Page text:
Whenever a new snowmobile concept is introduced, there’s always a lot of navel gazing about what the OEM should have done with it.
Ski-Doo’s new Sport is no exception. We’ve fielded comments from our readers and viewers about what Ski-Doo should have added to the Sport – or left off.
Naturally, those same commenters want the price either reduced or to remain the same with all the extras added in.
We’ve taken a part-by-part view on this new sled and when we add up all its features we can’t help but conclude it’s an exceptional deal! When we looked into it, it actually surprised us. Here’s why (in sections):
Yes, this new engine is a simple design. No exhaust valves, no E-TEC injectors, no complex DI computer mapping.
Instead, it offers throttle body electronic fuel injection on a detuned version of the 600R “block” with the 600R’s mounting and positioning in the center of the bulkhead.
We’re still digging for details on the EFI engine’s EPA compliance levels, but we suspect, if the engine does certify, it’s because of its relatively low 85-hp output and the restricted amount of fuel it is passing through its cylinders.
As it is, the engine uses throttle-body EFI and the air/fuel mix is scavenged through the crankcase. This is old technology, but it can be clean enough to certify with the use of an electronic oil pump system and pin-point oil injection (oil sprayed directly onto bearings separate from the gas mixture).
The point is, this 600 makes a claimed 85-hp and this is actually a bit better than one of the industry’s largest selling 600s did in the past – the carbureted Extra-Lite 600 triple in the Polaris XLT made somewhere between 80 and 85-hp.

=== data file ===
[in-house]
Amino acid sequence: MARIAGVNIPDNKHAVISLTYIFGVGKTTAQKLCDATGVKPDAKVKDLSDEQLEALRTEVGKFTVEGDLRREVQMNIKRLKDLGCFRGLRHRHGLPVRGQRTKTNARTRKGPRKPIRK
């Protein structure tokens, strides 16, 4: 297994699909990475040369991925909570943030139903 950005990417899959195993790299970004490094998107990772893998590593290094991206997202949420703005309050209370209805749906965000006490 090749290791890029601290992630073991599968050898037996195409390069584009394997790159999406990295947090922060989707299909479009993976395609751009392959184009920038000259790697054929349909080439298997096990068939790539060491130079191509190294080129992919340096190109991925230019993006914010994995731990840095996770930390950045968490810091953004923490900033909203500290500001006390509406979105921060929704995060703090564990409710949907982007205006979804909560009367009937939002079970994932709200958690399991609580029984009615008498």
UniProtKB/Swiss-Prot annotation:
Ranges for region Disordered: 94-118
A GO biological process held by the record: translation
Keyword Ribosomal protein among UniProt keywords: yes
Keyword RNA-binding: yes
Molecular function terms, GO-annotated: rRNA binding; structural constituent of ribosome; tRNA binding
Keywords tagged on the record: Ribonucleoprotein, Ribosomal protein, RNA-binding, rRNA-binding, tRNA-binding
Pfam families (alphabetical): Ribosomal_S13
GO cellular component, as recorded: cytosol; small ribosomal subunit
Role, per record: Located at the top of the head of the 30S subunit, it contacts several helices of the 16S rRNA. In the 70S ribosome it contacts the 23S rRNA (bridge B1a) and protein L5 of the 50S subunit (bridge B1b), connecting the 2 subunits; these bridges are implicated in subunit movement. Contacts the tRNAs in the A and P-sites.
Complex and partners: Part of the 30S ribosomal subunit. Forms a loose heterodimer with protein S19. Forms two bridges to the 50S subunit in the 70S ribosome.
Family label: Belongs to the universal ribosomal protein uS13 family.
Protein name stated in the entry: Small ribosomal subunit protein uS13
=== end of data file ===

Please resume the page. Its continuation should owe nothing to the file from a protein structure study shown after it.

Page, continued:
Because Ski-Doo chose to use economies of scale to get to a low MSRP, they’ve used the new G4 chassis instead of the old XS platform. Buyers get RAS 3 front suspension but not the new “X” widened front end.
We originally fantasized about an upgrade to the old XP Sport using the XS platform and an upgrade to a new hood and maybe…a pDrive clutch.
We certainly underestimated Ski-Doo’s determination to bring a really good, fully equipped, value priced sled to the market this year.
Ski-Doo added value developing a new hybrid pDrive primary using a sliding shoe design (not roller tower). Considering the low MSRP, Ski-Doo is giving buyers a good quality clutching set-up.
Some readers are poo-pooing Ski-Doo for not including the rMotion skid with the new Sport.
Lets get into the memory banks for a sec and remember just how good the SC-series skidframes were before Ski-Doo blew everybody out of the water with rMotion. We honestly felt, back then, that the SC-5 was the best riding skid in the industry.
Although the Sport’s SC-5 is not the latest and greatest, it’s still good suspension technology – even using non-adjustable gas cell shocks. This coupled, falling rate system works well – especially in an 85-hp, 121-inch trail targeted sled.
121 x 1.5-inches is pretty impressive for a sled making 85-ponies. Ski-Doo could have easily downgraded to a 1.0 and gotten away with it. Didn’t!
Whether you agree with the G4’s far-forward, engine-centered chassis layout or not, Ski-Doo bit off the biggest chunk it could possibly have done by offering its latest chassis tech with it’s lowest-priced-category sled.
The G4 platform means you’re getting the most advanced and efficient layout Ski-Doo makes and you’re paying far less than you would for the same tech in other categories. Bonus points.
We could get into more detail but feel we’ve covered the biggest reasons the Sport is a fabulous deal. At the prices Ski-Doo has set, we expect it to rock the snowmobile biz and bring a lot of new people into the fold. Impressive!